The NHL came down with their ruling. The hit delivered by Connor McDavid to Nick Leddy on Thursday night, where the initial point of contact was Leddy’s head, was given a two-minute penalty during the game, but a two-game suspension by the Department of Player Safety. Fair enough. Message sent.

Now what?

The immediate reaction will be outcry from both sides of the coin. Many fans of the Oilers and McDavid will cry foul because on a nightly basis, McDavid takes a beating, is on the receiving end of illegal holds and hooks and rarely gets the call. His entire NHL career he’s been dealing with the fact that he’s too good and too fast and NHL referees simply can’t (or won’t) call every infraction against him. The other side of the coin is that McDavid got what he had coming. The hit was illegal, it was ugly and it deserved two games.

The Department of NHL Player Safety said the following:

As the video shows, McDavid is back-checking through center as the Islanders enter the zone on the rush. The puck is moved to Leddy who bobbles the puck briefly before chipping the puck deep into the Oilers zone. As he releases the puck, McDavid comes in front of Leddy’s body, clips Leddy’s head with his shoulder, making the head the main point of contact on a hit where such head contact was avoidable. This is an illegal check to the head. It is important to note that both factors of the illegal check to the head rule are met on this hit. First, the head is the main point of contact. Second, the head contact on this play is avoidable.

All of this is true. The video goes on to explain that McDavid could have avoided the hit, taken a different approach and done more to not make contact with the head. Also true.

The Edmonton Oilers have made their feelings known on the ruling:

Will McDavid actually appeal the decision? If he takes the same approach to this ruling by the NHL as he does to almost every call the referees make — rather the lack of calls they blatantly miss — the answer will be no. McDavid will sit out, serve his time, come back to the Oilers and do his best to help the team go on a run and salvage something, anything out of this season.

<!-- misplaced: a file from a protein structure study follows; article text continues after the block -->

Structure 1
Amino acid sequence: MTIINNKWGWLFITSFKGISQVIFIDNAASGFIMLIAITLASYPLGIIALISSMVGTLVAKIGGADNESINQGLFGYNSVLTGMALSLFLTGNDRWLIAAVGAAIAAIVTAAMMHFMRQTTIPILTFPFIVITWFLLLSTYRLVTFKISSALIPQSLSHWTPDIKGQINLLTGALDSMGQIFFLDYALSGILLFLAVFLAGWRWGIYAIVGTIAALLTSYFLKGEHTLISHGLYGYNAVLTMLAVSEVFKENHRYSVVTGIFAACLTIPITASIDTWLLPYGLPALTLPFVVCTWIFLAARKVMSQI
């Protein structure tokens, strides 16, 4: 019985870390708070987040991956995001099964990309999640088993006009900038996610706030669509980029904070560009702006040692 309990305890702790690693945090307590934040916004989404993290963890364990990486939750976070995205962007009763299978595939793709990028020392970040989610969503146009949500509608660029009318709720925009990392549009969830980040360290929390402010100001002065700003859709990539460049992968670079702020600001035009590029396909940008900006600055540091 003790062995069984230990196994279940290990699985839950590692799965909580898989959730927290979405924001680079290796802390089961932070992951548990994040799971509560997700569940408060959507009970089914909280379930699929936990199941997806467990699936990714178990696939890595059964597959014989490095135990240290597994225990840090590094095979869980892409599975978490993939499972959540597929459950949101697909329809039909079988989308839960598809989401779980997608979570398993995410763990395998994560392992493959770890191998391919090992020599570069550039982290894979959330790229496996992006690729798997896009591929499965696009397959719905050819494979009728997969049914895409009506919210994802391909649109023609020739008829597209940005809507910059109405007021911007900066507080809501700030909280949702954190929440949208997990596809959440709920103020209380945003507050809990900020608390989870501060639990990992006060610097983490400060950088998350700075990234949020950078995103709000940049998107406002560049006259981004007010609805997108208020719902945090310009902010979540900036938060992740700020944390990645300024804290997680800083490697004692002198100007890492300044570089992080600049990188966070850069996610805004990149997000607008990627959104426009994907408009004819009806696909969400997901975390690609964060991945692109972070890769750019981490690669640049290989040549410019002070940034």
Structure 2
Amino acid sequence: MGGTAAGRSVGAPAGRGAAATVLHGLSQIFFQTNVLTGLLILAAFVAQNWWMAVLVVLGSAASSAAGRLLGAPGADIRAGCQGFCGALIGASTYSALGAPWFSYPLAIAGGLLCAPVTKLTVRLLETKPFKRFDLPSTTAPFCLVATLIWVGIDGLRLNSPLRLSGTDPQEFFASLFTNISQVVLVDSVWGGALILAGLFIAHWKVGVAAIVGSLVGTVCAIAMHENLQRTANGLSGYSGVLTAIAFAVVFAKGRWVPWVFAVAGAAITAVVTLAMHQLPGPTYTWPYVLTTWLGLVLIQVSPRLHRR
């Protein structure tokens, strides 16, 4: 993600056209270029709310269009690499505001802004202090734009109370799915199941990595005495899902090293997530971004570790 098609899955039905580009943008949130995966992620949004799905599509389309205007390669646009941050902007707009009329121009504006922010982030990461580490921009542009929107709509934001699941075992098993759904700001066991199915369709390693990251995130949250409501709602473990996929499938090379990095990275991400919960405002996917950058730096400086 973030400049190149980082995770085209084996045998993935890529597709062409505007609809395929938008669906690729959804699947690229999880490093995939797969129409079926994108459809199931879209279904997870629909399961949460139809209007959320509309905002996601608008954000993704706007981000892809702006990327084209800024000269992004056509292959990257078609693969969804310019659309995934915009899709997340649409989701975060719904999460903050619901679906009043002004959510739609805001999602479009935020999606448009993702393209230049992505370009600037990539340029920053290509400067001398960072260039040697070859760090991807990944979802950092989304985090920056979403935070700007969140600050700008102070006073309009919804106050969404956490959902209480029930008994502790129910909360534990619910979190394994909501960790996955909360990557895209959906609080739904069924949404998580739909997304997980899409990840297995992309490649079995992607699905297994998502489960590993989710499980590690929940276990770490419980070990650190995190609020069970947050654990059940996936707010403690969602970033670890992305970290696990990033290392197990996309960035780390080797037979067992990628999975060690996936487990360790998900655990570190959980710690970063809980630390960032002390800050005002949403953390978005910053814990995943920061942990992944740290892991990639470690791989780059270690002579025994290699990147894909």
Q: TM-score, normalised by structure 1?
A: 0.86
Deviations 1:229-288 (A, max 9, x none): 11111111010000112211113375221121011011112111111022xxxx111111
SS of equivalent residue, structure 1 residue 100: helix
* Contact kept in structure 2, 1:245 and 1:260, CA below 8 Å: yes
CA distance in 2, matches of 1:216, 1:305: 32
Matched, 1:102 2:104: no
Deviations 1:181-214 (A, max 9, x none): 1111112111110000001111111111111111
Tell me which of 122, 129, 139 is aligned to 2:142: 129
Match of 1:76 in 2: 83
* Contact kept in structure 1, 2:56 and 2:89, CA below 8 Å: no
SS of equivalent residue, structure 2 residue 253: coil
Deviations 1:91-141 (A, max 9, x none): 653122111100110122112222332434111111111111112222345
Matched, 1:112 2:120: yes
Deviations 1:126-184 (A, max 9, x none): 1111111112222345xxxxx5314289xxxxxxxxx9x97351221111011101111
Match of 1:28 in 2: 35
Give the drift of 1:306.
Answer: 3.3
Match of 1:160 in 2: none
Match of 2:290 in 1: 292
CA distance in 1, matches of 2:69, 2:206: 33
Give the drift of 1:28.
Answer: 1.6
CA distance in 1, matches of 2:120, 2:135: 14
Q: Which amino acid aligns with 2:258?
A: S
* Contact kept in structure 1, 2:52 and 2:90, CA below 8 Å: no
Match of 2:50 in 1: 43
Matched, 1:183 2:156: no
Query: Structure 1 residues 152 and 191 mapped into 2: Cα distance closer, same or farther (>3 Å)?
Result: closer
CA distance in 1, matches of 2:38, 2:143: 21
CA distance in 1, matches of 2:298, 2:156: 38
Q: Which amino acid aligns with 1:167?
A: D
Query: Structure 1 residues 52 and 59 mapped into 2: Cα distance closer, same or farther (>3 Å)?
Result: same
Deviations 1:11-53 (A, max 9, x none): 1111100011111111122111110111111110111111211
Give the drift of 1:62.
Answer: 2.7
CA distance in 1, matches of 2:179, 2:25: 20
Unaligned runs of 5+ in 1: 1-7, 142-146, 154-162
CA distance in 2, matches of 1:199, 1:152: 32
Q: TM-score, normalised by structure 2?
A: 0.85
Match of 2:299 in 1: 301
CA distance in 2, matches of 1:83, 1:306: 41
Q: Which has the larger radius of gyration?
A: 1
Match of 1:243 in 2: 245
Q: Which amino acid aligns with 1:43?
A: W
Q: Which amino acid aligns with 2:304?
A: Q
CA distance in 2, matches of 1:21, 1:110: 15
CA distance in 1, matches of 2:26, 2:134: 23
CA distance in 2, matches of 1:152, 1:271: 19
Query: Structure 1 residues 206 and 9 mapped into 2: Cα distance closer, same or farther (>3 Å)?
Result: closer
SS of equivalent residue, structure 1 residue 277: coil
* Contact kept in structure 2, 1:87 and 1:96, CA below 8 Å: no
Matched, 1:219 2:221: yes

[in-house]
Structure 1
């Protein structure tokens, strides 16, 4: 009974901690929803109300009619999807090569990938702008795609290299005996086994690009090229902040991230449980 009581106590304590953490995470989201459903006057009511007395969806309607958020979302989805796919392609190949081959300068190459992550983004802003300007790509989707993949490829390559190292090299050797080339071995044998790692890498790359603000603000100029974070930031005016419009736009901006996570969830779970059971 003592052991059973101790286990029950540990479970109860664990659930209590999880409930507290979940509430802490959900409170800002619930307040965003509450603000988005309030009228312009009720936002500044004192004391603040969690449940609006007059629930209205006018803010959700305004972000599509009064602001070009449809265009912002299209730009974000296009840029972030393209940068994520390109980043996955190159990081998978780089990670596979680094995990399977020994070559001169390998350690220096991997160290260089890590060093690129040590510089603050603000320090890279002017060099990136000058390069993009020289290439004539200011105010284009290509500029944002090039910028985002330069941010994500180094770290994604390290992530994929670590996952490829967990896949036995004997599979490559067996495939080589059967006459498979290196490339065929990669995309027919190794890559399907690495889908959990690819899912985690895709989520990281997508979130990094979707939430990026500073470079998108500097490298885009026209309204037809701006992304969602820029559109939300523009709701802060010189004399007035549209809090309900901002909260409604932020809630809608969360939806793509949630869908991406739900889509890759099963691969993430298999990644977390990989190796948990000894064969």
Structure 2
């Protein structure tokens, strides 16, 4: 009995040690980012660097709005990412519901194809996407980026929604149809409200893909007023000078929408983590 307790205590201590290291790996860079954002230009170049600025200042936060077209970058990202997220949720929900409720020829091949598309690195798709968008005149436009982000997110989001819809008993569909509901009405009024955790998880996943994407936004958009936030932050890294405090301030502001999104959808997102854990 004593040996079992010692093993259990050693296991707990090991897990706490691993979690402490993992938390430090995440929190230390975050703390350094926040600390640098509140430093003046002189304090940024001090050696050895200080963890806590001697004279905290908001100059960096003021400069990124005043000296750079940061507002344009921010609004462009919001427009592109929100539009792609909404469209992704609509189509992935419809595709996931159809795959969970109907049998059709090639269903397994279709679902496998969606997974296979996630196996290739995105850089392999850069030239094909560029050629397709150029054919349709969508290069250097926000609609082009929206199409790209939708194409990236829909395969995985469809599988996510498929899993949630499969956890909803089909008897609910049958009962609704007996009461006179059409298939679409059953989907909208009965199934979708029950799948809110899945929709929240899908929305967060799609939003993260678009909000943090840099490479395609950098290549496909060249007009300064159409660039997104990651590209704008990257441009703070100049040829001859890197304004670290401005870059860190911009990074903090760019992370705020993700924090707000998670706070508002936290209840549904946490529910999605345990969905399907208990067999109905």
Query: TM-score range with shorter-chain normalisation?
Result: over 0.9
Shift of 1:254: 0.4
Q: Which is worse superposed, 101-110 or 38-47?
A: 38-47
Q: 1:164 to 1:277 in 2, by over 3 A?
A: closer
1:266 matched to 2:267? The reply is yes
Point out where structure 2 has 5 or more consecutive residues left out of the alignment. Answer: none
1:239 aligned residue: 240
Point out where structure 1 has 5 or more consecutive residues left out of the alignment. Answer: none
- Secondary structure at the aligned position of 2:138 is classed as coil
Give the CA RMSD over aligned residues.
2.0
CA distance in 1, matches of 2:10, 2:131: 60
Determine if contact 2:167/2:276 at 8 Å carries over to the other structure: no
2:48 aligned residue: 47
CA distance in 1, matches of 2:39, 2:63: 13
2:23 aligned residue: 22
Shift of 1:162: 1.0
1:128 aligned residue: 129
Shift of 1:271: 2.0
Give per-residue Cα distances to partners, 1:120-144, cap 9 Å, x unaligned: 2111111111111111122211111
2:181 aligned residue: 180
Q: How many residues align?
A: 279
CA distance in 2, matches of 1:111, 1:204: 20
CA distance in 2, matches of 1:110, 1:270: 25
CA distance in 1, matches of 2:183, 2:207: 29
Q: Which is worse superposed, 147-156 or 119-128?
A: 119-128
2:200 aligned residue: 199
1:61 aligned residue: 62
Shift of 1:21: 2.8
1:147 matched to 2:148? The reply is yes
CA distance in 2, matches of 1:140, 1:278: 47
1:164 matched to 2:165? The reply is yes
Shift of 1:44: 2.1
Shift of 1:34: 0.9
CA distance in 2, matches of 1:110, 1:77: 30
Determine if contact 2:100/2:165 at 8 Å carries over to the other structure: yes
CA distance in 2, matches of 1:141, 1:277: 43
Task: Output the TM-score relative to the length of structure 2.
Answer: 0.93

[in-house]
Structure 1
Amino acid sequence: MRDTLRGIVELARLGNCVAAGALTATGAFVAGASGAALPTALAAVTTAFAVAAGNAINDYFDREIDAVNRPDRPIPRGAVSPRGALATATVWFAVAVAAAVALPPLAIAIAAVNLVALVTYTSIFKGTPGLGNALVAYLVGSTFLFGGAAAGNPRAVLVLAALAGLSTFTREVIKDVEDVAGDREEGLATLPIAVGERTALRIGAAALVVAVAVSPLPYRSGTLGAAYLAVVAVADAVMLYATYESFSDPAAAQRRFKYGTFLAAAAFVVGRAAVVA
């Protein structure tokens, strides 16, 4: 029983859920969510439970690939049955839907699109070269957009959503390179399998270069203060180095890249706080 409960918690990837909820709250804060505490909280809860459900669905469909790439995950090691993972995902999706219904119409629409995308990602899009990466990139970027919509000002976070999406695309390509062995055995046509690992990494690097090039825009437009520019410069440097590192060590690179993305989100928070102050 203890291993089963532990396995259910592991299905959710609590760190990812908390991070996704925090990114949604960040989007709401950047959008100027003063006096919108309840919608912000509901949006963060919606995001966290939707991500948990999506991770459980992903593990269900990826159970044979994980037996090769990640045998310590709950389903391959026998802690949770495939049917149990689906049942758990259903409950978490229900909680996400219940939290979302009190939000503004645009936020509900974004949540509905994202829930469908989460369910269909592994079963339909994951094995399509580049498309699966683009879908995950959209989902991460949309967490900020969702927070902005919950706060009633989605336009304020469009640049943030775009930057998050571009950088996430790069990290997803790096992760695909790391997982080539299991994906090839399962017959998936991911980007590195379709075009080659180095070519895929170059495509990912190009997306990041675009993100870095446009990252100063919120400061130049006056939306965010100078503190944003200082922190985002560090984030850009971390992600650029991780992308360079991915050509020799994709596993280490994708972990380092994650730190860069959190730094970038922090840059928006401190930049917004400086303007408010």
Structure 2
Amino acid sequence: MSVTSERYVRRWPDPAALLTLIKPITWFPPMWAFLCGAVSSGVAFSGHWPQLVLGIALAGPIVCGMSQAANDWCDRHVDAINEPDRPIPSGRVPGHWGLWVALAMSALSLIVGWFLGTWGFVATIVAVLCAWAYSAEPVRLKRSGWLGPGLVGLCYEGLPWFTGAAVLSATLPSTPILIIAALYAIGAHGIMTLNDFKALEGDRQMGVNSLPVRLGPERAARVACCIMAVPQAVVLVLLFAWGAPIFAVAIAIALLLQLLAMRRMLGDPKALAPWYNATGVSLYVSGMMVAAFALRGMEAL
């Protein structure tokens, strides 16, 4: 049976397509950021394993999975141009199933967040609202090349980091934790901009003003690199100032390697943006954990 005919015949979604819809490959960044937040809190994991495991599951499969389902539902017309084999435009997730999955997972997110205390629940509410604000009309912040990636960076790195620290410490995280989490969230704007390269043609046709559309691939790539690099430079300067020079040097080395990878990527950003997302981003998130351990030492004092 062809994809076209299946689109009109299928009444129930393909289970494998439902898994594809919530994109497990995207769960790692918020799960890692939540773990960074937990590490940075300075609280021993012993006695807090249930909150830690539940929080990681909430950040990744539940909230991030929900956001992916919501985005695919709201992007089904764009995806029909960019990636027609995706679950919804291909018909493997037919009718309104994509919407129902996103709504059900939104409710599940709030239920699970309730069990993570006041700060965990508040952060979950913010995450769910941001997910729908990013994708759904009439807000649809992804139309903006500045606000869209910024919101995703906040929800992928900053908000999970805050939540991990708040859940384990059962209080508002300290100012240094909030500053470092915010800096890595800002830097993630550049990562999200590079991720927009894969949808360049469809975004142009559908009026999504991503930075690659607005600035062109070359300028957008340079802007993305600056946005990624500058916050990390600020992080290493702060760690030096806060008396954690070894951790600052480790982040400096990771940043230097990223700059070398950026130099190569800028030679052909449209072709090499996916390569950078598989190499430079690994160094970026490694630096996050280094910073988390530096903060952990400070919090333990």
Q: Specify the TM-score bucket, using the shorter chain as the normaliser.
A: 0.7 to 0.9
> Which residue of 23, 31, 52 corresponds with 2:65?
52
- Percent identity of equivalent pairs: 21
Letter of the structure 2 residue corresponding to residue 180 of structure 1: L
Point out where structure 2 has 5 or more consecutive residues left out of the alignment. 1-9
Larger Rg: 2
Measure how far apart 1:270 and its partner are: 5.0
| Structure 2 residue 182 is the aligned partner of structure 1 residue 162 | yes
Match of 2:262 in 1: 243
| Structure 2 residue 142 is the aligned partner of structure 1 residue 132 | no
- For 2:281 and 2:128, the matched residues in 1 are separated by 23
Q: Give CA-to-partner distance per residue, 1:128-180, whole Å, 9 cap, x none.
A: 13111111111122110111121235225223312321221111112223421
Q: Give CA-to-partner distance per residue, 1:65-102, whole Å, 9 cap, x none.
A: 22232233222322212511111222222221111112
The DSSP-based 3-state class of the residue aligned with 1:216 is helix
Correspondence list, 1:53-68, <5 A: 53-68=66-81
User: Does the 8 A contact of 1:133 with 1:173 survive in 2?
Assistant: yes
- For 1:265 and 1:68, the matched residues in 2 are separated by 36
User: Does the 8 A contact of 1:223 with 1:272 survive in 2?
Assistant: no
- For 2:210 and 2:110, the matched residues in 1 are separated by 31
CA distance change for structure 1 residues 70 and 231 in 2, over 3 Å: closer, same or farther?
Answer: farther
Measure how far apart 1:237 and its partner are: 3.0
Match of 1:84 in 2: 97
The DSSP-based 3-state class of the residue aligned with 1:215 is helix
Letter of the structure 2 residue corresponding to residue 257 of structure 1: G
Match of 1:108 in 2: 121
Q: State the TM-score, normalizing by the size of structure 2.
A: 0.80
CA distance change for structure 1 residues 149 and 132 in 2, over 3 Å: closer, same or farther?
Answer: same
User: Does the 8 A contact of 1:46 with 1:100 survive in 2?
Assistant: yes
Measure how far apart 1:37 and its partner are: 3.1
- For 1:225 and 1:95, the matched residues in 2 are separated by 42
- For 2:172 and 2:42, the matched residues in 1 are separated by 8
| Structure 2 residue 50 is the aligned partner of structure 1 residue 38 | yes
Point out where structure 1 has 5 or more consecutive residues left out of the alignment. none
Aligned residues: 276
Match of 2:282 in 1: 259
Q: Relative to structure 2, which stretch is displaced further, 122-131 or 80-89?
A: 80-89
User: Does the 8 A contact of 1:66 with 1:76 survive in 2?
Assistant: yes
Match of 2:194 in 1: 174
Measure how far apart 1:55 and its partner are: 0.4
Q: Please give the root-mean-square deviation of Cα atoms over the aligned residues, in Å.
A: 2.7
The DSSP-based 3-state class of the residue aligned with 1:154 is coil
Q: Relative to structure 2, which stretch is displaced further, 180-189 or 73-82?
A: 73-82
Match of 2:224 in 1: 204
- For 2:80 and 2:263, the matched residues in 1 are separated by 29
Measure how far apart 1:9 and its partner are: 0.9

It might be too little, too late for Edmonton who can’t afford another loss. Winning without McDavid has proven difficult.

The NHL Better Get it Right Moving Forward

Here is where things get interesting. While fans can debate whether or not McDavid’s two games are harsh, stiff, light, unfair… or whatever other adjective you’d use to describe the decision, the NHL has made their bed and they’d better be prepared to sleep in it.

This ruling goes to show that star players don’t get breaks. Just because this is Connor McDavid doesn’t mean the NHL will go lightly on what was an illegal hit. But, is this a one-way street? Will the NHL start to make the calls for McDavid they refused to make before this suspension was handed down? It only seems fair.

The minute this hearing ended and when George Parros decided to serve the best player in the NHL two games, the next words out of his mouth should have been, ‘Well, if we’re going to punish the best player in the game, we’d better make sure to punish those who break the rules against him as well.’ If that didn’t happen, or if those responsible for making sure the game is called fairly didn’t stand up and take notice here, there is something incredibly wrong with the way the NHL operates.

Not to mention, if this is an example being sent to the players, specifically the stars of the game, that no one is untouchable, there needs to be some accountability for those who target those same stars — something that happens almost nightly in the NHL.